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GOOD DESIGN Awards 2013

GOOD DESIGN™ Awards 2013

I was recently honored to be one of five jurors for the 2013 GOOD DESIGN Awards. Founded in 1950 by Eero Saarinen, Charles Eames and Ray Eames, GOOD DESIGN is “the oldest and most prestigious awards program for the best world design.” GOOD DESIGN is organized annually by the Chicago Athenaeum Museum of Architecture and Design in cooperation with the European Centre for Architecture, Art, Design and Urban Studies. Entries are submitted annually by various industrial design and graphic design firms working with Fortune 500 companies. One of the main factors for the awards selection is based on whether or not a product can enrich society and people's lives through its design. While I gained insight into several current design themes and trends, connectivity and an increased emphasis on human factors appear to be primary driving forces of today’s design inspiration.

Electronic devices represent a major category of submissions and include solar battery chargers, wireless speaker systems, universal remotes, network hubs, PC/tablets and everything in between. The ability to “connect” via Bluetooth, Wi-Fi or cellular networks is a recurring theme in just about every product category. Connectivity is enabling communications that monitor and control a dramatically increasing number of activities in the home, office, as well as vital functions within manufacturing and transportation organizations.As evidenced by the 2013 GOOD DESIGN Awards, the requirement to connect, collaborate, and collect shows no signs of slowing and will continue to be a dominate feature focus for the foreseeable future.

Additionally, an increasingly important focus is being placed on ethnography, human factors, or in short, usability. It is obvious that great care has been taken by each GOOD DESIGN participant to deliver an intuitive, commonsense solution to user needs and desires. While many products may provide similar technology and features, the manner in which each enables users to interact and access its full potential provides a unique experience and market differentiation. Technology continues to knock down barriers and disrupt conventional thinking. However, looking beyond early adopters enabling a greater number to access and utilize these technologies truly provides the ability to discover new means of productivity and efficiency resulting in greater user satisfaction and ROI.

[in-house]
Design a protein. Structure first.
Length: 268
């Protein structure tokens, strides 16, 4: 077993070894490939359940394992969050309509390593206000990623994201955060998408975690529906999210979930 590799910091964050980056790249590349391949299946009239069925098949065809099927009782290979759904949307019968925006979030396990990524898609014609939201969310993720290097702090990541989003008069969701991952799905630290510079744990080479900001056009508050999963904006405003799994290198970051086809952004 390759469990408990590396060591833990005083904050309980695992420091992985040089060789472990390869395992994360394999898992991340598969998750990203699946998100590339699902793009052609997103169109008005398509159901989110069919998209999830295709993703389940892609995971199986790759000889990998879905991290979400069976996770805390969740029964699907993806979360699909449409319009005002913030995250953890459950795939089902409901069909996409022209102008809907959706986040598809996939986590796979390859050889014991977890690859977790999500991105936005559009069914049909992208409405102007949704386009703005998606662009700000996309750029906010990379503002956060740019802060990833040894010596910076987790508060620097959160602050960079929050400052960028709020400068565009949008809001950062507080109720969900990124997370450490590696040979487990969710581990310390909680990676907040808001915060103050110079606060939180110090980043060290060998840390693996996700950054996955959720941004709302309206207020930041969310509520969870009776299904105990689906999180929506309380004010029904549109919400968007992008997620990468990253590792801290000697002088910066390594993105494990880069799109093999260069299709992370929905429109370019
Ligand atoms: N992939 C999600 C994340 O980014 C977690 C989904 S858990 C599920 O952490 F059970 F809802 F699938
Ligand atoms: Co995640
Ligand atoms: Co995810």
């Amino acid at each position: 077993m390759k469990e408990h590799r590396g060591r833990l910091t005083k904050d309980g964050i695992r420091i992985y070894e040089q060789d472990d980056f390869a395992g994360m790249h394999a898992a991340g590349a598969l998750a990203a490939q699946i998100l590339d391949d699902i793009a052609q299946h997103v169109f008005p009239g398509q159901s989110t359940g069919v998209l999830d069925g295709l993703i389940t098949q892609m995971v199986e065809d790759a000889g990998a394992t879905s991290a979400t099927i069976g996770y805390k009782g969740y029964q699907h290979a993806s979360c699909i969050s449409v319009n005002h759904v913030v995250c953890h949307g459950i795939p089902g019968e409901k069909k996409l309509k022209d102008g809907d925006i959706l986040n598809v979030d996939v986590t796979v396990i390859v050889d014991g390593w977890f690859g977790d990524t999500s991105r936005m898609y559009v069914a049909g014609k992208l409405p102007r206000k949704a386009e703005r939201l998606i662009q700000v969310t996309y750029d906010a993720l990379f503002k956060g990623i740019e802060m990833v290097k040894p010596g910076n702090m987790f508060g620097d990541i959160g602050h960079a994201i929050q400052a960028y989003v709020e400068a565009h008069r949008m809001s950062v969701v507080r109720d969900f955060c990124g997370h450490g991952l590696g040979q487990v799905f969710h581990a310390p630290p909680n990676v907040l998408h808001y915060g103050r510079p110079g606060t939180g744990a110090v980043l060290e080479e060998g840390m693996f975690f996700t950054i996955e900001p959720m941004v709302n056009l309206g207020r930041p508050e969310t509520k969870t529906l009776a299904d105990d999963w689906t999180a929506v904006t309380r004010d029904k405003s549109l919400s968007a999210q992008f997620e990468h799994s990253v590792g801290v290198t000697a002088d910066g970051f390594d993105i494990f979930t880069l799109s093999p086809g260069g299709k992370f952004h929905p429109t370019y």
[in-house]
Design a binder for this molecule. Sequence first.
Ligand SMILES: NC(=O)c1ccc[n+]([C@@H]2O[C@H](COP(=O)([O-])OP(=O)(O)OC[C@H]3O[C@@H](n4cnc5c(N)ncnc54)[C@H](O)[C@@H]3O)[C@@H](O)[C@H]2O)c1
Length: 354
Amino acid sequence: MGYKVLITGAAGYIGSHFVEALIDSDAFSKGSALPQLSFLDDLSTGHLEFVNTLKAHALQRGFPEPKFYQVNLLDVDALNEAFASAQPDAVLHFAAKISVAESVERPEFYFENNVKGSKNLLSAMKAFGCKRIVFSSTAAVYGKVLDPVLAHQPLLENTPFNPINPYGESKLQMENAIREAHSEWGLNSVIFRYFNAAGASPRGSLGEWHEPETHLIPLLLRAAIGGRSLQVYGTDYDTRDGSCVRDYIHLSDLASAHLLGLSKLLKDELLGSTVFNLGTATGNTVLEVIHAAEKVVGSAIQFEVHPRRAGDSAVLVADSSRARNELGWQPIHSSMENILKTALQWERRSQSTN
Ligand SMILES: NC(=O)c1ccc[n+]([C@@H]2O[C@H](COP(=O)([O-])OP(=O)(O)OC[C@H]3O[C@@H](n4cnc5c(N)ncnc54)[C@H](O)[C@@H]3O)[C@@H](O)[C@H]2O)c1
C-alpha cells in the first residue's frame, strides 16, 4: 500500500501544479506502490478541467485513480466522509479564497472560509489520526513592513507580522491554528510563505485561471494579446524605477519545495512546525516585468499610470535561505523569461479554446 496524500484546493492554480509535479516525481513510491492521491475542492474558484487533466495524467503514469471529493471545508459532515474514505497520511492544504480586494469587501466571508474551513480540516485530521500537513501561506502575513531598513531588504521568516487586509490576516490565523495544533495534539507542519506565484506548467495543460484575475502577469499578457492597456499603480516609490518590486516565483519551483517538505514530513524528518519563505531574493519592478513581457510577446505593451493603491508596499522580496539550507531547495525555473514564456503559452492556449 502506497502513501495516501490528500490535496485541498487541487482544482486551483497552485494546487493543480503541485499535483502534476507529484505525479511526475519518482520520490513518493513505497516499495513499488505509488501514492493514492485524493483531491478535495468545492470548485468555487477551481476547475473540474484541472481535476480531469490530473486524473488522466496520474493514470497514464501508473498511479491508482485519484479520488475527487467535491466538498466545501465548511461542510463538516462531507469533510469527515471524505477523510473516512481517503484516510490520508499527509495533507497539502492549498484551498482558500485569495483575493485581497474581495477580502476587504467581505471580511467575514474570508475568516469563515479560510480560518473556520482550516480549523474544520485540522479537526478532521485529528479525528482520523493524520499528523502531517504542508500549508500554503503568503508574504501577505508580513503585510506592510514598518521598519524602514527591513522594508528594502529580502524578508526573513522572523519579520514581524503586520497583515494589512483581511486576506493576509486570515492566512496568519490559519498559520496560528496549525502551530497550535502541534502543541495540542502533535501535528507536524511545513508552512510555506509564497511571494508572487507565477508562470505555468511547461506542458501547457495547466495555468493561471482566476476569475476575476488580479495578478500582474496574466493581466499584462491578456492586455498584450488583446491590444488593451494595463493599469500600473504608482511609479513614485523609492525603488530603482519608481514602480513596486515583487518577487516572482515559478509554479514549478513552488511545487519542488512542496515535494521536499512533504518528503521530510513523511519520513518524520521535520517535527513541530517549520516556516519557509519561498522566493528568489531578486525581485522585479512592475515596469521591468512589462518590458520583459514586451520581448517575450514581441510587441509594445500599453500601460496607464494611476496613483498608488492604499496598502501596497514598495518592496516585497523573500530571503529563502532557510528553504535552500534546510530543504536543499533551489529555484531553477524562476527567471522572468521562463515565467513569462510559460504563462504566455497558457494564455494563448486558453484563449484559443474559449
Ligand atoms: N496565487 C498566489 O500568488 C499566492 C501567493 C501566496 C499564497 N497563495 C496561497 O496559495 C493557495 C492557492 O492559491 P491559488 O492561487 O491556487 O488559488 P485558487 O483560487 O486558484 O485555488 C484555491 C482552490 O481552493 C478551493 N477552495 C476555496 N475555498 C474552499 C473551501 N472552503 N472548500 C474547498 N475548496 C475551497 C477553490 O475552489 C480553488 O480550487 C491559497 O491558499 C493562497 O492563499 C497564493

We have seen amazing product evolution during the information age. However, it is my belief that we will see some of the greatest innovative ideas and designs of our time flourish from a more cohesive relationship between technology and human factors. I was delighted to see this evolution at play while participating as a juror for the 2013 GOOD DESIGN Awards. Being subjected to such a great number of products developed by outstanding people and organizations was greatly beneficial.  As a member of the product development community, the exposure to new technology, usability, and market trends provides greater insight into directing products and services aligned with our own clients and users. 

The voting tabulations for 2013 are complete and the winners can be found on the Museum’s website: http://www.chi-athenaeum.org/gdesign/. Please feel free to drop us a line at www.hlb.com with any of your own ideas or thoughts.


Ford Pearson, President of HLB, LLC